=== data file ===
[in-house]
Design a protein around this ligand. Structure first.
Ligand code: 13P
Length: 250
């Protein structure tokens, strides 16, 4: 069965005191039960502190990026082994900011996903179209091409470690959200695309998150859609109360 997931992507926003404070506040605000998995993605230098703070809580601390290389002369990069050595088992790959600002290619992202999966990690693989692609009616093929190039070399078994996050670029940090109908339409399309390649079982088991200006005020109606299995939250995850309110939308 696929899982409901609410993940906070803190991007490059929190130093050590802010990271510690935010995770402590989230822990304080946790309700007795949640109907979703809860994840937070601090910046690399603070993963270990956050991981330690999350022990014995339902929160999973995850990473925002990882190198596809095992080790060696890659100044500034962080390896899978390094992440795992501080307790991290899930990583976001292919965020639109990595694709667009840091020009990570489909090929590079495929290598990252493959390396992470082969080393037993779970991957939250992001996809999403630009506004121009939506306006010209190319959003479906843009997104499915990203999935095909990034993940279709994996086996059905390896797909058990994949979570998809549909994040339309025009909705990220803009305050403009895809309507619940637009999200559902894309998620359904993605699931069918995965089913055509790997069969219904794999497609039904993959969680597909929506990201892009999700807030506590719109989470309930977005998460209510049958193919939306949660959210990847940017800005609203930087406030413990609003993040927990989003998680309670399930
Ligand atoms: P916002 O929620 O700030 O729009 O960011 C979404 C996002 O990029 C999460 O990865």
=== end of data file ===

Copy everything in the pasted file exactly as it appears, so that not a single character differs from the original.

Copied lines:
[in-house]
Design a protein around this ligand. Structure first.
Ligand code: 13P
Length: 250
């Protein structure tokens, strides 16, 4: 069965005191039960502190990026082994900011996903179209091409470690959200695309998150859609109360 997931992507926003404070506040605000998995993605230098703070809580601390290389002369990069050595088992790959600002290619992202999966990690693989692609009616093929190039070399078994996050670029940090109908339409399309390649079982088991200006005020109606299995939250995850309110939308 696929899982409901609410993940906070803190991007490059929190130093050590802010990271510690935010995770402590989230822990304080946790309700007795949640109907979703809860994840937070601090910046690399603070993963270990956050991981330690999350022990014995339902929160999973995850990473925002990882190198596809095992080790060696890659100044500034962080390896899978390094992440795992501080307790991290899930990583976001292919965020639109990595694709667009840091020009990570489909090929590079495929290598990252493959390396992470082969080393037993779970991957939250992001996809999403630009506004121009939506306006010209190319959003479906843009997104499915990203999935095909990034993940279709994996086996059905390896797909058990994949979570998809549909994040339309025009909705990220803009305050403009895809309507619940637009999200559902894309998620359904993605699931069918995965089913055509790997069969219904794999497609039904993959969680597909929506990201892009999700807030506590719109989470309930977005998460209510049958193919939306949660959210990847940017800005609203930087406030413990609003993040927990989003998680309670399930
Ligand atoms: P916002 O929620 O700030 O729009 O960011 C979404 C996002 O990029 C999460 O990865």